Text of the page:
Our new governor’s first veto is a ruling in favor of sportsmen and women throughout Oklahoma, and that decision has me believing he has our best interests at heart.
There was no doubt it was going to be a big decision. Laid before newly elected Gov. Kevin Stitt was a bill proposing to open Oklahoma’s public lands to hunting guides. It was set to change the landscape of how we view our public lands if those places were opened for commercial use.
Stitt’s decision to veto the bill can best be describes as decisive. His thoughts were cemented when he was quoted in a release to The Oklahoman saying, “I vetoed SB 566 because the use of ODWC lands for private monetary gain violates the Oklahoma Constitution. The veto is the result of a large constituent base that voiced their concerns against the bill.”
I wasn’t sure what to think about how Gov. Stitt would handle wildlife related legislation. I have no interest in getting into politics but there really was no guarantee how he would see things. Now we have a reference point to start from and it looks positive.
Additionally, in the Governor’s veto statement he noted, “…significant portions of Department managed lands are not Department owned and are subject to specific terms of the applicable agreements between the Department and the landowners. Senate Bill 566’s mandate to allow private commercial hunting guides on Department lands may force the Department to violate these agreements, which could result in the elimination of an unknown amount of acreage available currently to Oklahoman’s.”
I’m applauding because public land is something we all need to fight for and I feel that the Oklahoma Wildlife Conservation Commission is fully capable of making wildlife related decisions.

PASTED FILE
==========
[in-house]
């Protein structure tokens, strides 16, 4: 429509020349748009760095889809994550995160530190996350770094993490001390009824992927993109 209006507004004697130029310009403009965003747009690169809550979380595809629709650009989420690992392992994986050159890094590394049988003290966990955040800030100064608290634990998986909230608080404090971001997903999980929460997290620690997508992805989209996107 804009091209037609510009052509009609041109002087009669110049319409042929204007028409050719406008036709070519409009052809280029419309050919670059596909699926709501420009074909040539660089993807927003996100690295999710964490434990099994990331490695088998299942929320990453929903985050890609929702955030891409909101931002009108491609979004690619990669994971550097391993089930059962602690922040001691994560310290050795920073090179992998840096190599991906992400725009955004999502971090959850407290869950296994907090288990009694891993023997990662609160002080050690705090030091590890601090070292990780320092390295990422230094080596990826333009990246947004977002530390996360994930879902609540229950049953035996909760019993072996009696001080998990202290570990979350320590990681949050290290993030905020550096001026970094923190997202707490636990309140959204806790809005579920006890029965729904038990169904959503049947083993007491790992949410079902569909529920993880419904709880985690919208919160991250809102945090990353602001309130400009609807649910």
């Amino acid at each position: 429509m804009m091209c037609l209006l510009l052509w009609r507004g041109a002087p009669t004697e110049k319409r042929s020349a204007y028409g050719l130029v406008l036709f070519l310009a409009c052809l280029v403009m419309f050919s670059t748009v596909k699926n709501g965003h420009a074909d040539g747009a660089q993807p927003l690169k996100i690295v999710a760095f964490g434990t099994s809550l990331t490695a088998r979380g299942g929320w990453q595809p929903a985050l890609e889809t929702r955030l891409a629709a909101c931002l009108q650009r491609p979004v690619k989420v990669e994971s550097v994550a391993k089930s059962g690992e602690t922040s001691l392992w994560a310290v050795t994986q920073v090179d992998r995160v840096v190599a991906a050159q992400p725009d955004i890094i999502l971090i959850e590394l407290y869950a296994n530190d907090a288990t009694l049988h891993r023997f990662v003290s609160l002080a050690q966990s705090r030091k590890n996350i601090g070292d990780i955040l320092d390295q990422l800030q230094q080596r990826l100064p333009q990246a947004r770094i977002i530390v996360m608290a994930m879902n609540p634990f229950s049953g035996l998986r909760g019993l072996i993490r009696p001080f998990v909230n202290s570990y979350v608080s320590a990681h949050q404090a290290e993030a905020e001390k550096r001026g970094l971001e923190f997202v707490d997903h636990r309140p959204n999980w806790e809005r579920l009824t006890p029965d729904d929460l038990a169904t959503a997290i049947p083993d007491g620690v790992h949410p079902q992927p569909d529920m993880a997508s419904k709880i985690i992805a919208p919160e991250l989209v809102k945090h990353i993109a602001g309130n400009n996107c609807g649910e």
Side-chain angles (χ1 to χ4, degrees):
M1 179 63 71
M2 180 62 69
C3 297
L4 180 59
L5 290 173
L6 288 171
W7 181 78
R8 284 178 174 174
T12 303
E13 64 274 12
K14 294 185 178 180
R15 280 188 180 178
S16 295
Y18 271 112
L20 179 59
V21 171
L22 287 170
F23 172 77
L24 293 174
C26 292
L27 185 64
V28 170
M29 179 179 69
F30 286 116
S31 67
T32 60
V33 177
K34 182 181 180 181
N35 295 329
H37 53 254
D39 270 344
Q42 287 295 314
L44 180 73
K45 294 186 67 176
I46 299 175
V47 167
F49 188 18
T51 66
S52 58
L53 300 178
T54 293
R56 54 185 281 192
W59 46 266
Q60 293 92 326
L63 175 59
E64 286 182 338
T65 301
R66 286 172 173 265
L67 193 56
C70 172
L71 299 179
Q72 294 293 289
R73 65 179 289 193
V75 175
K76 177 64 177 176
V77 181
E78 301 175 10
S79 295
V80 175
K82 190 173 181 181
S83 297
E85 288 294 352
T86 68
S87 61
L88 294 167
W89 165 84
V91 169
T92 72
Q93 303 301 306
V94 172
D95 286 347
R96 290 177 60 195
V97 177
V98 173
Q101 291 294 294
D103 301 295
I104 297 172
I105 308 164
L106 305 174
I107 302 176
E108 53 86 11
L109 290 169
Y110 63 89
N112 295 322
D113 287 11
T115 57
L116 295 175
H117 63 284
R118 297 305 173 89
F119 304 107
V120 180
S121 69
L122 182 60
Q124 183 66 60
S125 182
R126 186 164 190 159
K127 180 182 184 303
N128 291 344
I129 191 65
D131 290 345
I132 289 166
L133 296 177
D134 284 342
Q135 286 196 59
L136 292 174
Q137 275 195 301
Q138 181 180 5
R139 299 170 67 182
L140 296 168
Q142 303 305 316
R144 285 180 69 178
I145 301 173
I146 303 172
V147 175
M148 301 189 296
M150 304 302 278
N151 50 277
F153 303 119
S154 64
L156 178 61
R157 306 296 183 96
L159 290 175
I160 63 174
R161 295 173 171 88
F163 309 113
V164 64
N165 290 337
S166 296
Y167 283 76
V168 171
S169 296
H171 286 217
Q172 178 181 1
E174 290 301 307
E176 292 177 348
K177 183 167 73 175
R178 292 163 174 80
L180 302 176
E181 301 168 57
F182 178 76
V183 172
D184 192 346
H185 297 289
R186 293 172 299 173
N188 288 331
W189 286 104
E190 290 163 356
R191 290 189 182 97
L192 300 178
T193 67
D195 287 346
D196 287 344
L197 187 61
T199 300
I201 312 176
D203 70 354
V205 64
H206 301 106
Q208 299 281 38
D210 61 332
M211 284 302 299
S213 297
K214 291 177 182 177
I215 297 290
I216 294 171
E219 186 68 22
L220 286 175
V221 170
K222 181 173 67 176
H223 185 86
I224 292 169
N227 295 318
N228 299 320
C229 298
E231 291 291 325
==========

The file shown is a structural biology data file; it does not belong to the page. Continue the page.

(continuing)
There a few pieces of proposed legislation that still have a chance to make it to the Governor’s desk. The most absurd is the proposal to enact legislation creating a 23-day deer gun season on private lands only. The change would increase the deer gun season by seven days and take the unprecedented step of establishing hunting seasons by statute instead of by the ODWC.
Gov. Stitt has also recently approved a few measures related to wildlife. He signed SB 923, creating a 3-day special use permit for landowners with 200 cares or more to host veterans and charitable events. The license allows residents and non-residents to hunt a fish on the specified land with exemptions from hunting or fishing licenses or permit requirements. The department is able to assess a fee of up to $500 for the permit.
Also signed was SB 551, a bill opposed by the wildlife department that would exclude the department from having authority over cervid imports from Canadian provinces with Chronic Wasting Disease. It seems like bad timing with the recently confirmed case of CWD a few weeks ago in our state, and a good topic for another day.
Gov. Stitt’s veto of SB 566 is a good sign for those who value hunting and public land in our state. Here’s hoping this is a sign of good things to come.
Jon Kocan is the Stillwater News Press outdoors writer and a longtime hunter. He can be reached at firstname.lastname@example.org.